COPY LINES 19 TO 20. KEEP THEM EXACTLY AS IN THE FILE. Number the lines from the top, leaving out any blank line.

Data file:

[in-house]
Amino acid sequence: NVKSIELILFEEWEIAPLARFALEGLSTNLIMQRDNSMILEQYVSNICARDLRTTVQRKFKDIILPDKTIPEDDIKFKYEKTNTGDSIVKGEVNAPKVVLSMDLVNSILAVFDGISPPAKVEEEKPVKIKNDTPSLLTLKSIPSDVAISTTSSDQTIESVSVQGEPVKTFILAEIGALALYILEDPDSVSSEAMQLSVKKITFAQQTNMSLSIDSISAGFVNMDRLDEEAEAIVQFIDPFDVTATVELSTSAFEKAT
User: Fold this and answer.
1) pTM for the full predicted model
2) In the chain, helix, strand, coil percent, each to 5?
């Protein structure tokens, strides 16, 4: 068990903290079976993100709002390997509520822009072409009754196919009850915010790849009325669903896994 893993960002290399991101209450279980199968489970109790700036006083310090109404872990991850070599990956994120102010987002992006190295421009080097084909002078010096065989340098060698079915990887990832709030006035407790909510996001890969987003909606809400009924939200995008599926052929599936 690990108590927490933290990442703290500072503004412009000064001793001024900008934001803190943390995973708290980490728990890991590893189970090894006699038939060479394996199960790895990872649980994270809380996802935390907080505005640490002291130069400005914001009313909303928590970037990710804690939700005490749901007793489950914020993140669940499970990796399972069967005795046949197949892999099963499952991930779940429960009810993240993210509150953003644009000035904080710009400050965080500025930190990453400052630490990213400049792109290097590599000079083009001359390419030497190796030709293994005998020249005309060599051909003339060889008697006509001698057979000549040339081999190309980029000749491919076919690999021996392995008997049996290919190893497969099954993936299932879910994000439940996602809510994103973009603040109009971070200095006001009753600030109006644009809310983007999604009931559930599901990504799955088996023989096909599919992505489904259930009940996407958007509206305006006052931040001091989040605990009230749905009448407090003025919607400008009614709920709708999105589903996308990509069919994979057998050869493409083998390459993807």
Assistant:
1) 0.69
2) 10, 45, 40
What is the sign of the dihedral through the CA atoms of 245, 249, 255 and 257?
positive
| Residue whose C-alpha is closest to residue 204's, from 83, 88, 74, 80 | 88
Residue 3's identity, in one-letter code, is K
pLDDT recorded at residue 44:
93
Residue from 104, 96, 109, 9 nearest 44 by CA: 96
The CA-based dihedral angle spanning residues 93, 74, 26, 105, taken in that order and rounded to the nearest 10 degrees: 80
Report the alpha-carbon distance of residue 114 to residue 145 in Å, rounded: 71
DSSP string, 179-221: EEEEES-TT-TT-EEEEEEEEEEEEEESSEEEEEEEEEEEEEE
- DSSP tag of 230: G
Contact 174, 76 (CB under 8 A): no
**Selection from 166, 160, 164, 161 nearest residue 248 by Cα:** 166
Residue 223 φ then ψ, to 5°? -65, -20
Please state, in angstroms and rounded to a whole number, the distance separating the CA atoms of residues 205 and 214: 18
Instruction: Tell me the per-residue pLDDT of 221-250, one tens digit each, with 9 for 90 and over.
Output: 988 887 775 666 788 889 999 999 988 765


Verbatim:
DSSP string, 179-221: EEEEES-TT-TT-EEEEEEEEEEEEEESSEEEEEEEEEEEEEE
- DSSP tag of 230: G